Music through the lens of mental health


Carolyn Cheng

Music can have a powerful effect on mental health.

Angelica Cervantes, Staff Writer

Music has often been a medium of art that expresses human emotion. Whether it be through singing or the melody of instruments, these sounds create a tangible idea of feelings. 

We often hear people say, “music saved my life.” Or, even as famous singer and musician Louis Armstrong once put it, “music is life itself.” 

These phrases carry a similar narrative that resounds with anyone. The ability for music to sway our emotions has more to do with mental health than we may believe. 

According to an article from National Alliance on Mental Illness (NAMI), “Music acts as a medium for processing emotions, trauma and grief—but music can also be utilized as a regulating or calming agent for anxiety or for dysregulation.” 

People who experience mental illness can use music to their benefit. Aside from its natural and entertaining charm, music is also therapeutic.

Peaceful piano melodies allow students to feel focused and calm, while heavy rock music is used as a healthy way to express anger or sadness. Diverse music means a diverse means for expression and therapy. 

According to the same article that was mentioned above, music’s “rhythmic and repetitive aspects … engages the neocortex of our brain, which calms us and reduces impulsivity.” When we listen to our favorite music, we receive more than just entertainment.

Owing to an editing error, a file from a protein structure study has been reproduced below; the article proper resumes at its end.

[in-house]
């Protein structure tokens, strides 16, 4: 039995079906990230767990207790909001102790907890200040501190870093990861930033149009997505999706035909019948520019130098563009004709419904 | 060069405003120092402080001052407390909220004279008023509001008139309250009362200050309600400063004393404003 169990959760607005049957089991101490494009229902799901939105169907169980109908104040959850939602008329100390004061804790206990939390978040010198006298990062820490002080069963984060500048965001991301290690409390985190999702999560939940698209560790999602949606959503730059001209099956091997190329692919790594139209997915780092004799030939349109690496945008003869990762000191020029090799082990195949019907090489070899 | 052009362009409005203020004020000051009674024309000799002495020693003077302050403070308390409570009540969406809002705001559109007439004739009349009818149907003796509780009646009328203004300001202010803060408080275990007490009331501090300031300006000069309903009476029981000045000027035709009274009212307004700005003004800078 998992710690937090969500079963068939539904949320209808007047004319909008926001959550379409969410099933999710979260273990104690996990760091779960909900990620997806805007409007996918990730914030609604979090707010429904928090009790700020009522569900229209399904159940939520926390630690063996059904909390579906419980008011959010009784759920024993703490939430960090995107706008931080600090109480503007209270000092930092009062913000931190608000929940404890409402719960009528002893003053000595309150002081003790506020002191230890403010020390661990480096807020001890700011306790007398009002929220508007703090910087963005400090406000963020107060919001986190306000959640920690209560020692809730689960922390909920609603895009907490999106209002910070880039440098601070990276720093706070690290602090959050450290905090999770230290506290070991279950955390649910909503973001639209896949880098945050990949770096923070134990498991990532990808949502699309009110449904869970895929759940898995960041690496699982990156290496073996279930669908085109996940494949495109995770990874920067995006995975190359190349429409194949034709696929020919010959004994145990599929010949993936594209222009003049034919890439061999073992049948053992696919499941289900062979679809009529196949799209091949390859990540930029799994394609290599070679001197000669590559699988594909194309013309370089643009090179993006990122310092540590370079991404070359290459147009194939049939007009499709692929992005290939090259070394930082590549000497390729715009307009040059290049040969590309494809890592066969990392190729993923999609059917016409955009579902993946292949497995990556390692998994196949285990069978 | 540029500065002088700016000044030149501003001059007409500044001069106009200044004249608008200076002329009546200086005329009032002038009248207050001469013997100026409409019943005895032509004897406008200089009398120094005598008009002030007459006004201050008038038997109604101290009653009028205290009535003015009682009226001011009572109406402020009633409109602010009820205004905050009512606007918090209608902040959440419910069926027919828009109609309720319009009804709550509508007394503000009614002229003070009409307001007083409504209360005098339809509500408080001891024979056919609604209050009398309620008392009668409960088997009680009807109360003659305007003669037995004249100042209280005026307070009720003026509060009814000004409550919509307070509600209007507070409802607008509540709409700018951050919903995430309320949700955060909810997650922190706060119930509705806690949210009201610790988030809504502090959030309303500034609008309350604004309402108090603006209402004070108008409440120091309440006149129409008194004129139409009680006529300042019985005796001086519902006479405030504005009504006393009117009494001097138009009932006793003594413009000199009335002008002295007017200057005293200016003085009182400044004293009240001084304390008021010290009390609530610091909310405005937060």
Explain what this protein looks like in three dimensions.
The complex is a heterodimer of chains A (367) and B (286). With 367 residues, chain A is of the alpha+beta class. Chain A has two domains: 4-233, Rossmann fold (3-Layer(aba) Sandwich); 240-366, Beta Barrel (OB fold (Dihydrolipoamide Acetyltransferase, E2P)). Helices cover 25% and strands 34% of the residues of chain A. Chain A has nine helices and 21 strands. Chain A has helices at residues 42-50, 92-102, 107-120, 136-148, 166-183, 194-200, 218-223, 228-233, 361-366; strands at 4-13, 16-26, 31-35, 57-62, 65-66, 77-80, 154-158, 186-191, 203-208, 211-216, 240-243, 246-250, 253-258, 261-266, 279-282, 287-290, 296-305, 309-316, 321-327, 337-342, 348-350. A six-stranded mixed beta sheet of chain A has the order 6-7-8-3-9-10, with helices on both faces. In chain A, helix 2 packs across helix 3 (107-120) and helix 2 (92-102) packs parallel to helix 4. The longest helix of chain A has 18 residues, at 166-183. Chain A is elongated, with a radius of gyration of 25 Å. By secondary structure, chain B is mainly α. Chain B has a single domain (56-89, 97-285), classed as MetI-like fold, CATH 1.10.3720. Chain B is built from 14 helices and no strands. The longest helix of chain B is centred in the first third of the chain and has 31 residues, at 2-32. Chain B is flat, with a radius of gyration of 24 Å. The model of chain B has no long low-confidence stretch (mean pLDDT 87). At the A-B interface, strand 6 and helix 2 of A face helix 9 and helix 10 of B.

This remains true for the case of Marta C. González, an elderly, ex-ballerina with Alzheimer’s. As González listened to a song from Swan Lake, she began to dance with her arms spread out and positioned herself as a ballerina would. 

A recollection of her past was sparked at the sound of familiar music. Though González no longer has the same memory as she did in her youth, music unlocked a part of her that had been hidden away for a long time. A viral video of her reaction still circulates multiple social media platforms. 

Our unlimited access to music allows us to have a form of healing. Music should not be replaced by professional help, but it is a healthy outlet that is accessible through the radio, music streaming services or even from our own voices and instruments. Music can possibly save lives, but we know now that music can most definitely change lives for the better. 

More information on Gonzáles about her and the organization that promotes music and mental health: can be found on